Dianne Awai, respondent, v. Benchmark Construction Service, Inc., appellant.

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Supreme Court, Appellate Division, Second Department, New York.

Dianne Awai, respondent, v. Benchmark Construction Service, Inc., appellant.


Decided: May 15, 2019

ALAN D. SCHEINKMAN, P.J. MARK C. DILLON HECTOR D. LASALLE VALERIE BRATHWAITE NELSON, JJ. Law Offices of Cheng & Associates, PLLC, Long Island City, N.Y. (Pui Chi Cheng of counsel), for appellant.

Argued—November 5, 2018


In an action to recover damages for personal injuries, the defendant appeals from an order of the Supreme Court, Queens County (Rudolph E. Greco, Jr., J.), entered April 24, 2018.  The order denied the defendant's motion for summary judgment dismissing the complaint.

ORDERED that the order is affirmed, with costs.

On April 2, 2014, the plaintiff allegedly tripped and fell over a wire/cable in the front lobby of the Joseph P. Addabbo Federal Building in Queens, allegedly owned by the Social Security Administration, a nonparty.  In 2016, the plaintiff commenced this action against the defendant, a construction services company which, at the relevant time, was performing work in the front lobby of the building pursuant to a contract it had with nonparty General Services Administration.  The plaintiff alleged in her bill of particulars, inter alia, that the defendant was negligent in creating a trip hazard which caused her to fall.  At her deposition, the plaintiff testified that a wire running up through a hole in the floor had caused her to fall.

After the completion of discovery, the defendant moved for summary judgment dismissing the complaint on the ground that the evidence it submitted in support of its motion, including surveillance footage of the accident and the parties' deposition transcripts, established, prima facie, that it did not create the alleged dangerous condition.  Lawrence Aliseo, the defendant's senior project manager, testified at his deposition that the wiring over which the plaintiff tripped was not installed by the defendant.  In opposition, the plaintiff submitted, inter alia, the affidavit of nonparty Michael Naclerio, who, at the relevant time, was employed by the Social Security Administration as a project manager for the project on which the defendant was performing work.  Naclerio stated that, contrary to Aliseo's deposition testimony, the defendant was responsible for running telephone wire in the lobby where the plaintiff fell and also for securing and clearing the work area after each shift.  The Supreme Court denied the defendant's motion for summary judgment dismissing the complaint on the ground that there were triable issues of fact.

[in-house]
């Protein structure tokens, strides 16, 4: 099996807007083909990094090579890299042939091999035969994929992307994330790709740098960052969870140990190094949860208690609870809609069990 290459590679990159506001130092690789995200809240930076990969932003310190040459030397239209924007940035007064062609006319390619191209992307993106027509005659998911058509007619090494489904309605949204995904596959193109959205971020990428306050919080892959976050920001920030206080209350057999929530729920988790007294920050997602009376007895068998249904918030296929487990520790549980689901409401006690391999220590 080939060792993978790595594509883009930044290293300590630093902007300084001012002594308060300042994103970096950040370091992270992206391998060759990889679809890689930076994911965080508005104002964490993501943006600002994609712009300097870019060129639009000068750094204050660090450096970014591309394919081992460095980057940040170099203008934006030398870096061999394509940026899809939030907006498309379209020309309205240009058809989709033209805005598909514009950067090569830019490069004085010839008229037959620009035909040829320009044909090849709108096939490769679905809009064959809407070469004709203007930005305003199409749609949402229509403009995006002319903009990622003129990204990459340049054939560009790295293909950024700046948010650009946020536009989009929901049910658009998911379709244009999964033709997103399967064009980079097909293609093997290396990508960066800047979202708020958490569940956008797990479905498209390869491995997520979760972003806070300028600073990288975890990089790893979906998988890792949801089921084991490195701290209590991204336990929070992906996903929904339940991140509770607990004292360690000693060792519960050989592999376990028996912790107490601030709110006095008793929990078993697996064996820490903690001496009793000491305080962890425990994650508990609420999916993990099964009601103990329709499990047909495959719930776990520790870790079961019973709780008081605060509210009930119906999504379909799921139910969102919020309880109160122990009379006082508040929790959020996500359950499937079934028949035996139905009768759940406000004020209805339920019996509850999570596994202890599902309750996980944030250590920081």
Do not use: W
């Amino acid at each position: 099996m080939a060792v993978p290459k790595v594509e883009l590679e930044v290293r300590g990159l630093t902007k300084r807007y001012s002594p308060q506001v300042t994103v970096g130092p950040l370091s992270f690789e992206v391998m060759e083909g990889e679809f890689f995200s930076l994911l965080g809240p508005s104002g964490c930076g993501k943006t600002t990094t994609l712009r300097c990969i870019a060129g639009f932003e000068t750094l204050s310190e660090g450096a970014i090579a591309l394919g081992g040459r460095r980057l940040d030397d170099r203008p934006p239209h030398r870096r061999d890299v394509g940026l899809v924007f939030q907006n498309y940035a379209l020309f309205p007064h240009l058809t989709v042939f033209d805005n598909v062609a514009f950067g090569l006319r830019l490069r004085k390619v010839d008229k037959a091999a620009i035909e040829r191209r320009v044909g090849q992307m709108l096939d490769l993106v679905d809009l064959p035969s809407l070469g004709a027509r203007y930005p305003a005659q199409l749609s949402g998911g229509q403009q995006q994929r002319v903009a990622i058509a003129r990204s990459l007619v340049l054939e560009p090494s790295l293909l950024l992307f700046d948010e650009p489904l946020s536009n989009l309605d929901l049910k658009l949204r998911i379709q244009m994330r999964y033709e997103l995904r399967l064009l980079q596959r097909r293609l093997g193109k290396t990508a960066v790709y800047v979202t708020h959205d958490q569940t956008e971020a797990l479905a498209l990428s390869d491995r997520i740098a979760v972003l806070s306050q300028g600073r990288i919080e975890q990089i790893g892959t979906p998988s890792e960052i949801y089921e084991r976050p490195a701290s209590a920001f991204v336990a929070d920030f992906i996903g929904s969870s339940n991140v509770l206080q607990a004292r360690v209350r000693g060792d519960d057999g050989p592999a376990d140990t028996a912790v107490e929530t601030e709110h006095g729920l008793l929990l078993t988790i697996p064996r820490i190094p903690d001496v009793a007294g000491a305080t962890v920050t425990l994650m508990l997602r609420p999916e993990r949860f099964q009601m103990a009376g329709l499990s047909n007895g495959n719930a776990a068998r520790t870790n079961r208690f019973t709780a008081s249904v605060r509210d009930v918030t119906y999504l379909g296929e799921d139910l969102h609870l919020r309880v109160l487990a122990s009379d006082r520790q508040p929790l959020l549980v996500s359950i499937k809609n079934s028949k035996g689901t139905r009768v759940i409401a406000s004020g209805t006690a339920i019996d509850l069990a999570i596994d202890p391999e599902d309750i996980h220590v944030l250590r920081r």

In reply to the plaintiff's opposition, the defendant argued, and continues to argue on appeal, that Naclerio's affidavit should not have been considered, as he was a notice witness whose identity was not disclosed by the plaintiff until after the note of issue and the defendant's motion for summary judgment were filed.  As a general matter, parties are required to disclose the names of witnesses who are material and necessary to the prosecution or defense of an action (see Rivera v Glen Oaks Vil. Owners, Inc., 41 AD3d 817, 819;  Zayas v. Morales, 45 A.D.2d 610, 612;  Zellman v. Metropolitan Transp.  Auth., 40 A.D.2d 248, 251).  Moreover, a court determining a motion for summary judgment generally should not consider the affidavit of a notice witness submitted in opposition to the motion where the witness was not previously disclosed, unless there is a valid excuse for the failure to disclose (see Gallway v. Muintir, LLC, 142 AD3d 948, 949;  Henry v. Higgins, 117 AD3d 796, 797;  Rizos v. Galini Seafood Rest., 89 AD3d 1004;  Muniz v. New York City Hous. Auth., 38 AD3d 628).

Here, however, Naclerio, the plaintiff's nonparty witness, was not a notice witness, as he did not witness the occurrence itself or the alleged dangerous condition which caused or contributed to the plaintiff's fall.  Rather, Naclerio's affidavit indicated that he merely reviewed the videotape footage of the plaintiff's fall and described the general contractual scope of the defendant's work at the premises (see MacIsaac v. Nassau County, 152 AD3d 758, 759).  Further, Naclerio's affidavit is silent on the issue of the creation of any actually defective condition, and/or notice of it.  While the defendant's counsel, in reply to the plaintiff's opposition, argued that the plaintiff failed to disclose Naclerio in response to its witness demand, such demand was not before the Supreme Court and is therefore not part of the record on this appeal.  Only if the witness demand had been provided to the Supreme Court and then reproduced for the appellate record would this Court be able to determine whether or not Naclerio fell within the scope of its wording.  Therefore, the Supreme Court did not err in considering the Naclerio affidavit submitted by the plaintiff in opposition to the defendant's motion for summary judgment.

Accordingly, we agree with the Supreme Court that, although the defendant established its prima facie entitlement to judgment as a matter of law dismissing the complaint, the plaintiff's evidence submitted in opposition, including the Naclerio affidavit, raised a triable issue of fact requiring the denial of the defendant's motion.



Aprilanne Agostino

Clerk of the Court

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